This is my second column on Enumclaw City Council candidates: Position 7, Sean Krebs vs. Hoke Overland. I asked the candidates to send me their answers to four questions, which I have cut and pasted below. I used their own words to avoid any bias on my part.
Hoke Overland Sean Krebs
Background: Briefly describe your background and education as it relates to the Enumclaw City Council.
Sean Krebs: I have served on the Enumclaw City Council for several years and am a Certified Municipal Leader through the Association of Washington Cities. I have served on all of our council committees and have twice been chosen by my fellow council members to be mayor pro tem.
Hoke Overland: I have worked for King County Medic One for 35 years, serving as the chief of operations for the last 12 years. I help maintain a $16.5M budget, and have extensive governmental experience. I studied business at GRCC and Paramedicine at the UW. I have also owned a small business and built three homes. I have lived in Enumclaw for 11 years – on the Plateau for 17 years –and served in four community organizations.
Vision: Describe how you see Enumclaw now and how you would like to see it five years from now.
Sean Krebs: I see Enumclaw now as a great, small American city, but one that has had to cut back on many city services and obligations due to funding restrictions. Within five years I expect the city will be in a position to bring back some services the citizens request and we will again be able to invest in our city’s infrastructure (namely our streets).
Hoke Overland: Enumclaw is a quaint, charming town that needs the attention it deserves. Our streets are crumbling and our city needs new revenue. Recreational tourism will be a dominant focus. While maintaining our small-town feeling, we will become the destination getaway (base camp) for both Crystal and Mount Rainier. We will carefully add planned residential communities and attract quality businesses (jobs). The additional tax revenue will allow us to maintain our streets and parks and prosper.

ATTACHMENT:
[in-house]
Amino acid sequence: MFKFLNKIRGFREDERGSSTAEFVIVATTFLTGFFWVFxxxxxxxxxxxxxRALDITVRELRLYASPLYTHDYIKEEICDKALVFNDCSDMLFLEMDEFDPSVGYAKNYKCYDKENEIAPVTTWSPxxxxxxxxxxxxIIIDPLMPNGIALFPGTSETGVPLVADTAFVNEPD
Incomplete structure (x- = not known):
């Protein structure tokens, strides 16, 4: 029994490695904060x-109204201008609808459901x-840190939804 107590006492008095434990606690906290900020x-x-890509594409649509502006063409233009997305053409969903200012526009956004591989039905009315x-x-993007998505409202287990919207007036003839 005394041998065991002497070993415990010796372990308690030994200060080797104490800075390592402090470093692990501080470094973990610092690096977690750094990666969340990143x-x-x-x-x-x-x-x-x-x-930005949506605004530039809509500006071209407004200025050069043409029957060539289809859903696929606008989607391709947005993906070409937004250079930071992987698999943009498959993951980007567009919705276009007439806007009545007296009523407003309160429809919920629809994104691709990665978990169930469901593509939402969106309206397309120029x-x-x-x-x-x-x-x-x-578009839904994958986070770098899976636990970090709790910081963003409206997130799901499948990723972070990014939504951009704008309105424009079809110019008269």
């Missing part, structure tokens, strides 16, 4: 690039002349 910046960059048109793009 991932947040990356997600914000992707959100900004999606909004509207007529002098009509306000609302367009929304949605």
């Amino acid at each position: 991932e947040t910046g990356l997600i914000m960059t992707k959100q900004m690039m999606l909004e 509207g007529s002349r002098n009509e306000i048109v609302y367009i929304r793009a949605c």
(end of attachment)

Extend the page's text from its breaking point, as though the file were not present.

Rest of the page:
Specific areas of interest in the city if elected, and strengths you would bring to the council position.
Sean Krebs: My strengths as a candidate are experience and leadership. I have years of understanding the processes necessary to be an effective councilperson. For example, our annual budget process is a complex one, yet vitally important for our city’s wellbeing. Leadership will also be crucial as the city works its way through the Comprehensive Plan review process. The Comprehensive Plan is a state-required document that impacts nearly all the decisions and planning for the city for the next several years.
Hoke Overland: I’m a fiscal conservative who runs a tight budget. I’m experienced in management, government operations, union relations, budgets and leadership. Being in operations, I know how to tackle tasks and challenges. I’m known for my integrity, fiscal responsibility, common sense, and willingness to serve rather than be served. I create cohesive teams to accomplish goals and think listening to others’ views is crucial. Economic development and ensuring the safety of our citizens will be paramount.
Contrast versus your opponent: Describe why you would be better suited for the council position than your opponent.
Sean Krebs: I do not know my opponent as he does not serve on any of our boards or commissions within the city nor has he attended any committee meetings of mine. However, I am sure he is a fine person and has Enumclaw’s well being at heart.
Hoke Overland: It’s time for a change: We need fresh, new ideas to revitalize our city and to generate revenue. My opponent has had 12 years in office and plenty of opportunity. Moreover, for the last four years, he has chaired the Economic Development Committee and has no accomplishments (Maple Valley and Bonney Lake had success). He has poor attendance at council meetings. I will return email and phone calls. Together, we will gain jobs and prosperity.
Note: Again, I strongly suggest you save these candidate responses until you have a chance to vote on your mail-in ballot, which should arrive in your mail about Oct. 15. I’ll have the last column on the remaining positions next week.